On the day I was supposed to start my intensive care unit rotation as a fourth-year medical student, I walked into an ICU 3,000 miles away as a visitor.
My dad, who has been living with cancer since my first year of medical school, was recovering from emergency surgery for an infection. Awake but unable to speak because of a plastic tube in his airway, he grabbed a piece of paper and scribbled, “Glad you’re here.” Unable to find my own voice, I nodded in agreement.
In the weeks that followed, I was reintroduced to the health care system I thought I already knew. Despite knowing how much compassionate and endless effort doctors, nurses, and other clinicians put into patient care, I was humbled by seeing my father and family struggle to understand the care he needed, and by how much effort it took on our part to ensure he received it.
From inside my dad’s hospital room, I witnessed parts of hospitalization I had never seen up close. Instead of placing orders for a patient’s antibiotics every six hours through a computer, I saw how exhausted my dad looked after his antibiotic drip finished in the middle of the night and the machine’s alarm went off next to his ear. Instead of calling consults for my patients, I twiddled my thumbs waiting for wound care nurses, plastic surgeons, infectious disease specialists, and others to stop by, seemingly right when my dad found a moment to shut his eyes.
In the mornings I’d peer through the narrow window to the hallway and watch the medical student present my dad’s case to the care team. I felt a pang of exclusion as this scene played out beyond earshot — I preferred being cast as the medical student, not as the relative at bedside. The team talked shop about labs and medications for 10 minutes before flooding the sand-colored room in a sea of blue and green scrubs to give my dad and me a one-minute summary.
As a medical student, the hospital is one of my favorite places to be. As a daughter, I dreaded every minute spent there. In my role as student, I understood the hospital’s inconveniences. But I never felt them viscerally until my dad faced them: the embarrassment of urinating in a plastic container and wearing an open-back gown; the irony of being told to “get some rest” after being awakened at 2 a.m. for a blood pressure check; the distance between patients and their providers; the confusion at conflicting or limited information, often rife with medical jargon.
“Putting in a PICC isn’t ideal as it’s obviously a nidus for infection,” the attending physician said to my dad one morning, who faked a nod of understanding.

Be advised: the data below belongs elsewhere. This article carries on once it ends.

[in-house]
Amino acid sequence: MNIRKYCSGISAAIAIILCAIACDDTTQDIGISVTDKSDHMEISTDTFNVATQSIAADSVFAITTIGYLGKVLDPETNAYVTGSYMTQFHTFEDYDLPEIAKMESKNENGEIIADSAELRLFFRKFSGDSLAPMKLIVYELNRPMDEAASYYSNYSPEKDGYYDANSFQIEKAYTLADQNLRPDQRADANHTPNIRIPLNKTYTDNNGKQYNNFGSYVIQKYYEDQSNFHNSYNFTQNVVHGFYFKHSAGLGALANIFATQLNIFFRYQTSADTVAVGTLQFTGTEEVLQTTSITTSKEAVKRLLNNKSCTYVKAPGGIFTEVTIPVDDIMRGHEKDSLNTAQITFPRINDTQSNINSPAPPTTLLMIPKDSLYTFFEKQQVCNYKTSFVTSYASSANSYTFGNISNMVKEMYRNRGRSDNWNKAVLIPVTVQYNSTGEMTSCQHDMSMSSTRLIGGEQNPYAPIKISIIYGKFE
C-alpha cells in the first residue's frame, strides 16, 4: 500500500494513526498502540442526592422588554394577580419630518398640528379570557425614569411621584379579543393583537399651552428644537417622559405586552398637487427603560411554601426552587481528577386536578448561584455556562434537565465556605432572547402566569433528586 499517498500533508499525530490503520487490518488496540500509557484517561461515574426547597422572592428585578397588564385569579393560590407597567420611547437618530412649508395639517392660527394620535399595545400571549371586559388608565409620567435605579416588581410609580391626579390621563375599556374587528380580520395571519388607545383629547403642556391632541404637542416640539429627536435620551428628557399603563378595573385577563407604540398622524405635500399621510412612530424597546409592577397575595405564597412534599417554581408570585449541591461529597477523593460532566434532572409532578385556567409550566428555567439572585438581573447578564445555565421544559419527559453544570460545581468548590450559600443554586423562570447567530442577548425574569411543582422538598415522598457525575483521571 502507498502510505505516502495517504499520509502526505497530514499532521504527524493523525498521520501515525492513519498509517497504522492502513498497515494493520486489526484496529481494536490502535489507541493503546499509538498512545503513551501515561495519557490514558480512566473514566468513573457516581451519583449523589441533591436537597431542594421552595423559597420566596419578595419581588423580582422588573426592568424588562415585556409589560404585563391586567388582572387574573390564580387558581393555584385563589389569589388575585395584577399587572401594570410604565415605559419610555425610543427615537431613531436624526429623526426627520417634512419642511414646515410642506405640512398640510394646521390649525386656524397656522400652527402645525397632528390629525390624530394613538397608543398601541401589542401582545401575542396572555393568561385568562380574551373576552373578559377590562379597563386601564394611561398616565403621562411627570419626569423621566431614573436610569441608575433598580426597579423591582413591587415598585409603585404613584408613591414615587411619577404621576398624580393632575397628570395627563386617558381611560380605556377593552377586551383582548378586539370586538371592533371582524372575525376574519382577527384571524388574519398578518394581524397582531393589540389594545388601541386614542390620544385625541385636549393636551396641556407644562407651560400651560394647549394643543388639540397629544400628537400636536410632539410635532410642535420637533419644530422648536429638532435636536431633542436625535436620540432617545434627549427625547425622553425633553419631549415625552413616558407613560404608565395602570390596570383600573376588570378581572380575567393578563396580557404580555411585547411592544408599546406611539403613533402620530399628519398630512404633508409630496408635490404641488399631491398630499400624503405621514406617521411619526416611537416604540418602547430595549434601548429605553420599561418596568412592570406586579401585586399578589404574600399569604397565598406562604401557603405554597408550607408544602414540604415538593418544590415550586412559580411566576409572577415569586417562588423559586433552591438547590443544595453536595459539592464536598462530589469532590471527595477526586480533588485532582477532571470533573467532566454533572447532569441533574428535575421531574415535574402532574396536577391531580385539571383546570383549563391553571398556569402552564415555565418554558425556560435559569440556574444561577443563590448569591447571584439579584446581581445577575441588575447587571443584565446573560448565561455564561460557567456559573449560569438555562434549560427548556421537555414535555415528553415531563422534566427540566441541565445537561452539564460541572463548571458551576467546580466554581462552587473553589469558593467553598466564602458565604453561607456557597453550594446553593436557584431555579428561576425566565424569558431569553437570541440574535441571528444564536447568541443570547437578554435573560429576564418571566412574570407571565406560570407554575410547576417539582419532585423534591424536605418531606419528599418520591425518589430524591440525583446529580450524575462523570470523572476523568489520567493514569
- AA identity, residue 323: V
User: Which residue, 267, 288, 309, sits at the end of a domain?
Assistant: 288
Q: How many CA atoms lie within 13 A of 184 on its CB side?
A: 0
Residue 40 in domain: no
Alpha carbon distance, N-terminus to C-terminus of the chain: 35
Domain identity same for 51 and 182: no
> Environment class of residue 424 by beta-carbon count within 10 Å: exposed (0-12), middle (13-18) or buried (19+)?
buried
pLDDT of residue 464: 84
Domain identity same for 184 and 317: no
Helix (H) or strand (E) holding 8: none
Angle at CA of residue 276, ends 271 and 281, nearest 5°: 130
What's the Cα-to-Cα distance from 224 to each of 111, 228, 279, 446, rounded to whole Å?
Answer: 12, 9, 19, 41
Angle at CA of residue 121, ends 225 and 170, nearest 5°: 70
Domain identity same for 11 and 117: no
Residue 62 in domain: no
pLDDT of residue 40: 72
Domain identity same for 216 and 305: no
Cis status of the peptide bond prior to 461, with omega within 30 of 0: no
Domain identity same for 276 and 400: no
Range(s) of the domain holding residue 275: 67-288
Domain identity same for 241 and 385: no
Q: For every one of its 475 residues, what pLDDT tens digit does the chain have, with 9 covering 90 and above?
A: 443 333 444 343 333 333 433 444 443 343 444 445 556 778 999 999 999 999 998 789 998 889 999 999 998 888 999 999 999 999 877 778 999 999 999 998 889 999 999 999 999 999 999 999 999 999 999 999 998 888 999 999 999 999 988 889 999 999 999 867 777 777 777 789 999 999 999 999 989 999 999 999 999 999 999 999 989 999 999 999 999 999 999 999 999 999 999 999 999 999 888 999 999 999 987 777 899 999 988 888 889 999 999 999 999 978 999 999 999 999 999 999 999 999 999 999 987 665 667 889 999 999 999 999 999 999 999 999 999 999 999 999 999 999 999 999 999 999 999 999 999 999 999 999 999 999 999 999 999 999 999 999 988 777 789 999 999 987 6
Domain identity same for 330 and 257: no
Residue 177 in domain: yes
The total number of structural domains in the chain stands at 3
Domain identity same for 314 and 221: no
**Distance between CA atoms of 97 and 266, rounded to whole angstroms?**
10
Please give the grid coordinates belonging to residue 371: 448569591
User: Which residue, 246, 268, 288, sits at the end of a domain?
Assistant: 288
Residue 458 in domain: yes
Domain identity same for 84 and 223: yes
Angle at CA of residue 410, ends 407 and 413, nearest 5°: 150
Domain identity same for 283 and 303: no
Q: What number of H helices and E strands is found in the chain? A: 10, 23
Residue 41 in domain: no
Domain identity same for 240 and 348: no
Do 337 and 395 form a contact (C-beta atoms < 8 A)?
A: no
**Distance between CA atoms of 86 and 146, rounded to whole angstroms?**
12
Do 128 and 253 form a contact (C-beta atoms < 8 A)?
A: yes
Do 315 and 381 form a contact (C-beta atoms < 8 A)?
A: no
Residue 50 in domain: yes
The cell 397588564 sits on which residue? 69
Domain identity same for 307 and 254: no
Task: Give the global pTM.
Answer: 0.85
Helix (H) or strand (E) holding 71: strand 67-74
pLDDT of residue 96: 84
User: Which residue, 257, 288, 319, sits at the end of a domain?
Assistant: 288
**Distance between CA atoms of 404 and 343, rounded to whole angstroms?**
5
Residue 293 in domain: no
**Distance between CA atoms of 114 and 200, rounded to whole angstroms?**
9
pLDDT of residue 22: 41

I later translated: “Running a tube from your arm to the veins around your heart to give you antibiotics isn’t ideal because bacteria like to cling to those tubes and can cause other infections.”
Over and over, I felt grateful for my medical training — and also stunned by how often I had to rely on my knowledge to advocate for my father.
When my dad was out of surgery and no one had told us what the next steps were, I knew to call the hospital operator and ask to speak to his nurse in the post-anesthesia care unit who, with some gentle prodding, handed over the phone to the resident who had assisted in his operation. On morning rounds, I knew which of my dad’s labs and test results to ask about so we could gauge his progress as the attending physician said things like, “Your numbers look mostly good.”
I also spent hours coordinating between his cancer doctors and the team taking care of him in the hospital. I requested that his records — descriptions of his surgery and pathology reports — be sent to his cancer team. When their opinions contradicted those of the physicians on site, I helped my dad make his own informed decisions. I repeatedly reminded him that his care is his choice, even though it often feels like doctors call the shots.
When I wasn’t his advocate, I was his well-informed caretaker: I brought him a warm sweater, hand cream, tomato soup, and newspapers and magazines. When he was moved from the ICU to the main hospital ward, I told my generally highly active father to ignore the neon yellow “fall risk” sign hanging on his door as we took several walks down the hall each day to rebuild his strength.
My dad acted as his own advocate too. He told me that before I had arrived, when he had woken up and realized he was intubated, he signaled to ask for something to write with. When he no longer needed to be on the ventilator, he fended for himself more easily. When his care team changed his antibiotic regimen and, later that evening, a nurse tried to administer the old medication, my dad spoke up and corrected her. When the team decided to discontinue his blood work and two different phlebotomists stopped by to draw his blood, my dad was able to prevent the unnecessary pokes.
I worried about how much effort he had to put in to ensure his care after visiting hours ended. I texted him medication names, and he called and put me on speakerphone anytime a doctor came in with updates. Having dealt with all types of family members on my clinical rotations, I’m sure I was a nuisance to the care team. I can imagine what they might have said: “The med student daughter is asking so many questions,” likely accompanied by an eye roll.
On my own hospital rotations, I’ve seen at the bedside sister radiologists, son nurses, daughter-in-law surgeons, and other combinations. Exhausted and juggling so many patients at once, my colleagues and I received these relatives with a mix of camaraderie and mild annoyance.
But I also saw that these relatives had a better understanding of their loved ones’ care — and consequently the care itself was better. Their advocacy was, of course, bolstered by their expertise, but just as much by the fact that they never hesitated to ask questions. As much as medicine is moving toward shared decision-making, the reality is we’re not all the way there yet. When patients and their family members ask for explanations or question decisions, they remind doctors to act more carefully and be more deliberate about deciding the right treatment for each unique patient.
I took a cue from these relatives and asked all my questions.
It shouldn’t take a medical degree to ensure great care. I wish that doctors had infinite time to bridge the gap between their knowledge and that of their patients and patients’ families, but they don’t. Our hospital systems don’t allow for the highest-quality physician-patient interactions, and they sadly don’t prioritize patients’ sleep, dignity, or even understanding of their own health. Instead, hospitals put a premium on efficiency, often at the cost of confusing patients and reinforcing power dynamics that stifle shared decision making. Sometimes medical teams spend 15 minutes talking about patients’ bodies outside their rooms, and only 30 seconds explaining their thoughts directly to them. How can we expect patients to make informed decisions about their care when clinicians don’t — or can’t — take enough time to inform them in the first place?